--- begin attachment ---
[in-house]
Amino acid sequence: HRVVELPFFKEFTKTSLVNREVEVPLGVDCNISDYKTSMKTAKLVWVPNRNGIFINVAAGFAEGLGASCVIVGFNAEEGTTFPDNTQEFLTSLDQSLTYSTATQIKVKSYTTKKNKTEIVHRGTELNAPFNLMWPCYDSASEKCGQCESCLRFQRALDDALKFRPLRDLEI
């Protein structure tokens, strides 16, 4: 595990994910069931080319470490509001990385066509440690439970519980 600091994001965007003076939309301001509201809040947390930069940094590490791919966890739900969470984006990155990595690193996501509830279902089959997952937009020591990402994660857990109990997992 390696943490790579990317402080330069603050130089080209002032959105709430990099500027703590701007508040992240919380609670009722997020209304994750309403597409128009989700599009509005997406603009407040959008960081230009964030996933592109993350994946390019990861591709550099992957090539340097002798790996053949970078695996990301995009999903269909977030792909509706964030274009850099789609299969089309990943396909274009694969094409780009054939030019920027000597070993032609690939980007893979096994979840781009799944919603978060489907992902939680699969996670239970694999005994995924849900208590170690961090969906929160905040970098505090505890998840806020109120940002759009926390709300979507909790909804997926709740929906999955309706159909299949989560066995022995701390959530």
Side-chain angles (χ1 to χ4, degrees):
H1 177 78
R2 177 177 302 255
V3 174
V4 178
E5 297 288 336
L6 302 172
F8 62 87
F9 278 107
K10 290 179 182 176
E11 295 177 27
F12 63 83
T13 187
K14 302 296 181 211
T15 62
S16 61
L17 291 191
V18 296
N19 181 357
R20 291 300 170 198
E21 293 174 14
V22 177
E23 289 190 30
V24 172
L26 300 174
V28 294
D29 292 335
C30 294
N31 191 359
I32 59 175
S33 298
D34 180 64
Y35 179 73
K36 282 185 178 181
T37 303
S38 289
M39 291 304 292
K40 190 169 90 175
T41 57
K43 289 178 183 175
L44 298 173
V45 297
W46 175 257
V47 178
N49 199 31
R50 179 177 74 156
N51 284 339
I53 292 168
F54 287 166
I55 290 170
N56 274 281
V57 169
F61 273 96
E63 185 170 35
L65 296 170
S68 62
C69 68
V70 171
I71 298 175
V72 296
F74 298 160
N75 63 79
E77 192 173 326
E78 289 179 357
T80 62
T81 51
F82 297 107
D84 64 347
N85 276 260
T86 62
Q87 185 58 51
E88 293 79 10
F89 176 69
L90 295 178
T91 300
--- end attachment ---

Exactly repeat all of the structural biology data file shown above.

[in-house]
Amino acid sequence: HRVVELPFFKEFTKTSLVNREVEVPLGVDCNISDYKTSMKTAKLVWVPNRNGIFINVAAGFAEGLGASCVIVGFNAEEGTTFPDNTQEFLTSLDQSLTYSTATQIKVKSYTTKKNKTEIVHRGTELNAPFNLMWPCYDSASEKCGQCESCLRFQRALDDALKFRPLRDLEI
């Protein structure tokens, strides 16, 4: 595990994910069931080319470490509001990385066509440690439970519980 600091994001965007003076939309301001509201809040947390930069940094590490791919966890739900969470984006990155990595690193996501509830279902089959997952937009020591990402994660857990109990997992 390696943490790579990317402080330069603050130089080209002032959105709430990099500027703590701007508040992240919380609670009722997020209304994750309403597409128009989700599009509005997406603009407040959008960081230009964030996933592109993350994946390019990861591709550099992957090539340097002798790996053949970078695996990301995009999903269909977030792909509706964030274009850099789609299969089309990943396909274009694969094409780009054939030019920027000597070993032609690939980007893979096994979840781009799944919603978060489907992902939680699969996670239970694999005994995924849900208590170690961090969906929160905040970098505090505890998840806020109120940002759009926390709300979507909790909804997926709740929906999955309706159909299949989560066995022995701390959530």
Side-chain angles (χ1 to χ4, degrees):
H1 177 78
R2 177 177 302 255
V3 174
V4 178
E5 297 288 336
L6 302 172
F8 62 87
F9 278 107
K10 290 179 182 176
E11 295 177 27
F12 63 83
T13 187
K14 302 296 181 211
T15 62
S16 61
L17 291 191
V18 296
N19 181 357
R20 291 300 170 198
E21 293 174 14
V22 177
E23 289 190 30
V24 172
L26 300 174
V28 294
D29 292 335
C30 294
N31 191 359
I32 59 175
S33 298
D34 180 64
Y35 179 73
K36 282 185 178 181
T37 303
S38 289
M39 291 304 292
K40 190 169 90 175
T41 57
K43 289 178 183 175
L44 298 173
V45 297
W46 175 257
V47 178
N49 199 31
R50 179 177 74 156
N51 284 339
I53 292 168
F54 287 166
I55 290 170
N56 274 281
V57 169
F61 273 96
E63 185 170 35
L65 296 170
S68 62
C69 68
V70 171
I71 298 175
V72 296
F74 298 160
N75 63 79
E77 192 173 326
E78 289 179 357
T80 62
T81 51
F82 297 107
D84 64 347
N85 276 260
T86 62
Q87 185 58 51
E88 293 79 10
F89 176 69
L90 295 178
T91 300